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Lord Tope: My Lords, I support my colleague's amendments. Grouped with them is a government amendment, and I should like to give the Minister an opportunity to clarify the Government's intentions in a number of respects.
I understand that the proposed regulations could not override subsections (1) and (2) of Clause 20 which allow executives to choose to make all formal decisions in private. Can the Minister say whether the Government intend to require executives to make any categories of decision in public?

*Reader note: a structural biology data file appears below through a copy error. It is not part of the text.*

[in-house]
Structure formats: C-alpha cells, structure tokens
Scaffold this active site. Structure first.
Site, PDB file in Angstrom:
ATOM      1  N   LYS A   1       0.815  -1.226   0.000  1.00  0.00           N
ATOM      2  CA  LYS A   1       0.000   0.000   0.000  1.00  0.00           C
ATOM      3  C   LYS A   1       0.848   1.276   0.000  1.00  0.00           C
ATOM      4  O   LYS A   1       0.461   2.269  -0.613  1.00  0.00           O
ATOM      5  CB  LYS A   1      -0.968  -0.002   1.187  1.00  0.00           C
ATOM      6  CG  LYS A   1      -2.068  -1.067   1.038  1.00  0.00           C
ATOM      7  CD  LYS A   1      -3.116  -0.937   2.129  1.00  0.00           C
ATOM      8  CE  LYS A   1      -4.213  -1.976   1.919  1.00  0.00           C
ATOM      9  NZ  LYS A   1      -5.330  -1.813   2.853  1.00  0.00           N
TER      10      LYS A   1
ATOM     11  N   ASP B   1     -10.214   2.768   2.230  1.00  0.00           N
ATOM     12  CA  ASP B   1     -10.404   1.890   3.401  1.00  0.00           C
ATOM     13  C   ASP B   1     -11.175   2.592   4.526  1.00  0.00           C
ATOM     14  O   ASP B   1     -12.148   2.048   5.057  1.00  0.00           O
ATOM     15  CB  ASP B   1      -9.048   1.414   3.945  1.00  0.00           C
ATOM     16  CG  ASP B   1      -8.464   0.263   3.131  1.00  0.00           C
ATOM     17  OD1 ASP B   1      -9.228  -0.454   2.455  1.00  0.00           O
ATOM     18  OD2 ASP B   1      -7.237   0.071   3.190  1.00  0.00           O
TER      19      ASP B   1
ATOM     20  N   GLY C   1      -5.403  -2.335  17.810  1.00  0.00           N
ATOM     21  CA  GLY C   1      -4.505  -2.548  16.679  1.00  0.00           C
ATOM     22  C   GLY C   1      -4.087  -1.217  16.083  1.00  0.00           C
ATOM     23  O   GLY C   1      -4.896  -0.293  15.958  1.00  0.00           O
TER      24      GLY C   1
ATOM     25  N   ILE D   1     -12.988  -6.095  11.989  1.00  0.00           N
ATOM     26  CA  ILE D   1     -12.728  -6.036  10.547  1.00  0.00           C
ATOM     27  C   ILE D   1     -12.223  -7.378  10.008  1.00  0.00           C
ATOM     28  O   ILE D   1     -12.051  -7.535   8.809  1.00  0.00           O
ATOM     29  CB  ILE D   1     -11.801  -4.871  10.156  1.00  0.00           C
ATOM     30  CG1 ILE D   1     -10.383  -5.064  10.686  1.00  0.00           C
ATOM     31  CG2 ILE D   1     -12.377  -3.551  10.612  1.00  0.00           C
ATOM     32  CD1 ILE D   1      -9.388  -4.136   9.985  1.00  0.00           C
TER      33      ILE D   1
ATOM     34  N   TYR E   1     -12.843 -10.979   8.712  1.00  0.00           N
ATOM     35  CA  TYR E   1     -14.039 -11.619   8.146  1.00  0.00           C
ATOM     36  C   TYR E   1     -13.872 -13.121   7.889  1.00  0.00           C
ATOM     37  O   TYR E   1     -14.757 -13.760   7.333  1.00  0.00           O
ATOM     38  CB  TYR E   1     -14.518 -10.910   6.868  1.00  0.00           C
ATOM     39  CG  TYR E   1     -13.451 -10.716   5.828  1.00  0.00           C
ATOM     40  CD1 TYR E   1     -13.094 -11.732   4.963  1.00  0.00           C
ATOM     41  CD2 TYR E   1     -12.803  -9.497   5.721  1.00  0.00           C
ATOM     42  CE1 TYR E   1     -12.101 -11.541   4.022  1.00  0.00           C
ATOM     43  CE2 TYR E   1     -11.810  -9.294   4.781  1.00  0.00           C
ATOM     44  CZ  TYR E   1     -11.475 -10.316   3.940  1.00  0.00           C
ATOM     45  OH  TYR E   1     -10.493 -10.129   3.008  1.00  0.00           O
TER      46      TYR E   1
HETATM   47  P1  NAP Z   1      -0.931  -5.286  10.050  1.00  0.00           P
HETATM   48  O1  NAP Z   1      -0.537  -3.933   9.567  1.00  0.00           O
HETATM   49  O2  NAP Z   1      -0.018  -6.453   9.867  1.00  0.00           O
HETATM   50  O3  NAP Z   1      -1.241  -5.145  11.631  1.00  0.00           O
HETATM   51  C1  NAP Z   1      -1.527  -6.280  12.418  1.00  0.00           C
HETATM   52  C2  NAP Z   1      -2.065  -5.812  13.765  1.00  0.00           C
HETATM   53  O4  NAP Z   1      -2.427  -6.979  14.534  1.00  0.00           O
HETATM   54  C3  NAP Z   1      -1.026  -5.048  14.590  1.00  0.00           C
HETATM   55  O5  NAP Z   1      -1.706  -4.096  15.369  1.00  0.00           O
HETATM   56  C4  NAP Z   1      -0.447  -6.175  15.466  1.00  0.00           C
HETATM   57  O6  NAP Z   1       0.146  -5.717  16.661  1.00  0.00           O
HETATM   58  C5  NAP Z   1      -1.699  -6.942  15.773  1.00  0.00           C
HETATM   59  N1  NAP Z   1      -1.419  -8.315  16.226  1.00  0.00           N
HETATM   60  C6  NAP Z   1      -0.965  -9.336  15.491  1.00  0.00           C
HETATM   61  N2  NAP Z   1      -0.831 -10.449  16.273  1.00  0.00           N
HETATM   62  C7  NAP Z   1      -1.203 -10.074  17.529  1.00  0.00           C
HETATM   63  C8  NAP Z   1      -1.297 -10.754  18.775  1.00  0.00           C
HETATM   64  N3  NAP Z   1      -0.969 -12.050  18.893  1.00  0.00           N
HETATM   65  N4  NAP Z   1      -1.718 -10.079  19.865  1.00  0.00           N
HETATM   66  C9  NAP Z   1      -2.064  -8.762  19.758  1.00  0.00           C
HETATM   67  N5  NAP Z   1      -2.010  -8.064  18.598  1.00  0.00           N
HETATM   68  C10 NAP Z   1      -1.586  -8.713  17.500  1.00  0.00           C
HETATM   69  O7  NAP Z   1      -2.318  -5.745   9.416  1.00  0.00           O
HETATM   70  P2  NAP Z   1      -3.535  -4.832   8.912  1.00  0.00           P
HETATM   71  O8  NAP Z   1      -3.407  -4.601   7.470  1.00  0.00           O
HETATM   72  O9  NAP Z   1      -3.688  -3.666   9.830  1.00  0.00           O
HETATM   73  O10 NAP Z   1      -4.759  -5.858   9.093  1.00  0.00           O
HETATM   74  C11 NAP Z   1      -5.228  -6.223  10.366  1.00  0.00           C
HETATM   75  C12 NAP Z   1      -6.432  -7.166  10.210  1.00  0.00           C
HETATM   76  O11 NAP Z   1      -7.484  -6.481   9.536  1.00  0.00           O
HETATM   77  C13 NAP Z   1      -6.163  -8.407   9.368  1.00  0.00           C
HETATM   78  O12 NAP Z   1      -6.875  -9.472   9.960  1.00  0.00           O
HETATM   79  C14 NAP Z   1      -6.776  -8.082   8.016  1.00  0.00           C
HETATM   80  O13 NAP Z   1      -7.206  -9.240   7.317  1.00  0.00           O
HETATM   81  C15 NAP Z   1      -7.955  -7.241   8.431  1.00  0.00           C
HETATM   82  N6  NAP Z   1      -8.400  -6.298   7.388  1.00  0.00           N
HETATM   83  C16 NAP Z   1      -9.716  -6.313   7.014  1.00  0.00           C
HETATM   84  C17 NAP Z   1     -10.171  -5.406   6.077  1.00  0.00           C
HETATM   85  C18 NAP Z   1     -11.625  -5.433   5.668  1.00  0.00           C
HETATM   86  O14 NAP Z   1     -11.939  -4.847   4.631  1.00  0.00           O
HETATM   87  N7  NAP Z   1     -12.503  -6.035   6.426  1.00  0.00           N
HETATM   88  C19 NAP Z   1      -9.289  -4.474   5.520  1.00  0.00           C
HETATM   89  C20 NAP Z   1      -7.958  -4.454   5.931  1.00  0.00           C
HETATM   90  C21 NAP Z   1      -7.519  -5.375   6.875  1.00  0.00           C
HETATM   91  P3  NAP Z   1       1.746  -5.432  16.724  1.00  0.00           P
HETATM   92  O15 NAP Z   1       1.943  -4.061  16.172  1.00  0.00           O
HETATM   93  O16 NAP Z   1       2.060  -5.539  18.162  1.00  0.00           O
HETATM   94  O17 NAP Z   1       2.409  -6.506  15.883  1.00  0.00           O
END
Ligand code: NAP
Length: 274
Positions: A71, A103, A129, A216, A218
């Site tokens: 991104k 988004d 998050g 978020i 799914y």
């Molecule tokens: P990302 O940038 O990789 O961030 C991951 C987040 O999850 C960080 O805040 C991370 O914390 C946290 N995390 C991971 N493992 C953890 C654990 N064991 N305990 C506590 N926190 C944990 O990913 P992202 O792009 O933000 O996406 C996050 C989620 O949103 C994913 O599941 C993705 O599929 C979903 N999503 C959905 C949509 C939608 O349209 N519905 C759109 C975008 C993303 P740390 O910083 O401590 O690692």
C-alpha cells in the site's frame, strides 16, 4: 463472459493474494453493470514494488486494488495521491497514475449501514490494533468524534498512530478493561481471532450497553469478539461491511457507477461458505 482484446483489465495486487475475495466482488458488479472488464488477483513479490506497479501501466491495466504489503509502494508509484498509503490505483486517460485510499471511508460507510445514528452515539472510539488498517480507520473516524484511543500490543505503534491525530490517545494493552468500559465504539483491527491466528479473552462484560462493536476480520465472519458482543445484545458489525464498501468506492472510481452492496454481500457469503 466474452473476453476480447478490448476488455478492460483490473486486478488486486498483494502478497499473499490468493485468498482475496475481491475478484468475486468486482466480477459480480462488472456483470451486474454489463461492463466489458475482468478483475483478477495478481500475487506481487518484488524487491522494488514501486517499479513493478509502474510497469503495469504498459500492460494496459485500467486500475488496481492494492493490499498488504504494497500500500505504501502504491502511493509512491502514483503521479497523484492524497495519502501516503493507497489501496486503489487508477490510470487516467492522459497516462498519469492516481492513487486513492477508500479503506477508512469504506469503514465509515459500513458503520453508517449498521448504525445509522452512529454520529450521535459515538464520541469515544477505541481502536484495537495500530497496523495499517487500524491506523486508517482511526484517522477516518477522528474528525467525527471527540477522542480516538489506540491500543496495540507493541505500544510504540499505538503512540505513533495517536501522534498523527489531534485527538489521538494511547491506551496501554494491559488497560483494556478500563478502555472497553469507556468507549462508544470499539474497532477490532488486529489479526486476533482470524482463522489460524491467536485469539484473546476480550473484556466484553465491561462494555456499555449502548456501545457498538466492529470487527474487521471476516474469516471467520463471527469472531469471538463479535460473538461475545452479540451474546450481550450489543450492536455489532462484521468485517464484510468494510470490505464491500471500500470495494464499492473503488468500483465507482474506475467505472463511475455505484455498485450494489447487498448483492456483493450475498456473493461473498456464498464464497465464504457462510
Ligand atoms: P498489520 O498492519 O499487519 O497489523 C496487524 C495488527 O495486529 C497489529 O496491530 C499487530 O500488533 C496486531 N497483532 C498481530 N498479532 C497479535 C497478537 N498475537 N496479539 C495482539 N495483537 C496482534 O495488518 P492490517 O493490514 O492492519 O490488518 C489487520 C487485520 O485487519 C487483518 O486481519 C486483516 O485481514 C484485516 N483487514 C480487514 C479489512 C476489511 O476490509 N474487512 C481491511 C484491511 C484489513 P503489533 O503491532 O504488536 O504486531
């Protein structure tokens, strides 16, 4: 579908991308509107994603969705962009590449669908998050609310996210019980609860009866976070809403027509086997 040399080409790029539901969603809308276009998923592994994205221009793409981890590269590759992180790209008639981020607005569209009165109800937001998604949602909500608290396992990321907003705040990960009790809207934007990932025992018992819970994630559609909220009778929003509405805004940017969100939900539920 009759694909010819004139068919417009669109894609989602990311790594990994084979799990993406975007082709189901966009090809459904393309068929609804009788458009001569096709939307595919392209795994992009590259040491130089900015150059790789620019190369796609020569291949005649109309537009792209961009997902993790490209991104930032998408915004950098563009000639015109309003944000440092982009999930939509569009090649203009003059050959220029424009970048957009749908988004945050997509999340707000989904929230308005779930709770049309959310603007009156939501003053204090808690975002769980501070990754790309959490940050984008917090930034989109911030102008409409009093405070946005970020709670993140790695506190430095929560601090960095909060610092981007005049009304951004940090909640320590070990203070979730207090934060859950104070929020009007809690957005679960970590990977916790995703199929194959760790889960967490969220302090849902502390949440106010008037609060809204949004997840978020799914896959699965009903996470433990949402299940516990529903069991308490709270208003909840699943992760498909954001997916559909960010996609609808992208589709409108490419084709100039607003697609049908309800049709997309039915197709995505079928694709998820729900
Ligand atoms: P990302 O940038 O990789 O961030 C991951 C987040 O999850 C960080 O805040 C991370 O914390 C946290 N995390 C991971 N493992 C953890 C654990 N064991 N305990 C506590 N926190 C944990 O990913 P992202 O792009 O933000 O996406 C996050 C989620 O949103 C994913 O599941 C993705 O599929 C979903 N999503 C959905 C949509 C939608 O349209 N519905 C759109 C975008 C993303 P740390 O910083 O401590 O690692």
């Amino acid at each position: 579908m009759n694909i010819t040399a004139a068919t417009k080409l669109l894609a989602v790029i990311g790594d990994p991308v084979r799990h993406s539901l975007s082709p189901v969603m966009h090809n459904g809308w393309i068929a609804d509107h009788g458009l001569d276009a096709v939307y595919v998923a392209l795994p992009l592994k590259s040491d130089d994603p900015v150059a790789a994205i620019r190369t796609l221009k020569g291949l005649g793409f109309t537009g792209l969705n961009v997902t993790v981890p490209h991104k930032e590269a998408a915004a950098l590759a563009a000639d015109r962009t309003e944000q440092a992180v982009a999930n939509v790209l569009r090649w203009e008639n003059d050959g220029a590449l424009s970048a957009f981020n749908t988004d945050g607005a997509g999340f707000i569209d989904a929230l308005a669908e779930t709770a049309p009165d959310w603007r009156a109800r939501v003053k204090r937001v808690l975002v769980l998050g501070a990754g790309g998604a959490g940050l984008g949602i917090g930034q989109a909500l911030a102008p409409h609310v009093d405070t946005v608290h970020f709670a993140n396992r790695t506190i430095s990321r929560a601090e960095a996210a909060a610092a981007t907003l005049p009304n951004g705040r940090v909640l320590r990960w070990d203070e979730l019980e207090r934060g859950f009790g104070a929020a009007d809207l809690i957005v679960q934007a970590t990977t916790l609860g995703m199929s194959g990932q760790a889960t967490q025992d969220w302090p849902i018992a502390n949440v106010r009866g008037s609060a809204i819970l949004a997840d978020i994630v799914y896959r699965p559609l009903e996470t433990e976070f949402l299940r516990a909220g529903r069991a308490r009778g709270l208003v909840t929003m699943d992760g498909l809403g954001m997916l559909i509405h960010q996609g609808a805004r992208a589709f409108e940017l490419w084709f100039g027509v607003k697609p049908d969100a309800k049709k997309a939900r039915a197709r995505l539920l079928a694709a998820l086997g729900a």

There are other elements of the existing legislation which could be used. For instance, do the Government intend to use regulations to require public notice of the time and place of executive meetings to be posted at least three days before the meeting? Do the Government intend regulations to include the requirement that copies of the agenda and any reports for the meetings of the executive are to be available for public inspection at least three clear days in advance; and that copies of these agendas and reports are available to all members of the council at least as soon as they are available to the public? Do the Government intend regulations made on the keeping and publication of records of decisions to incorporate aspects of Part VA of the Local Government Act 1972? Do the Government intend the regulations to define enforcement and penalties as they are defined in that part of the Local Government Act 1972, and so on?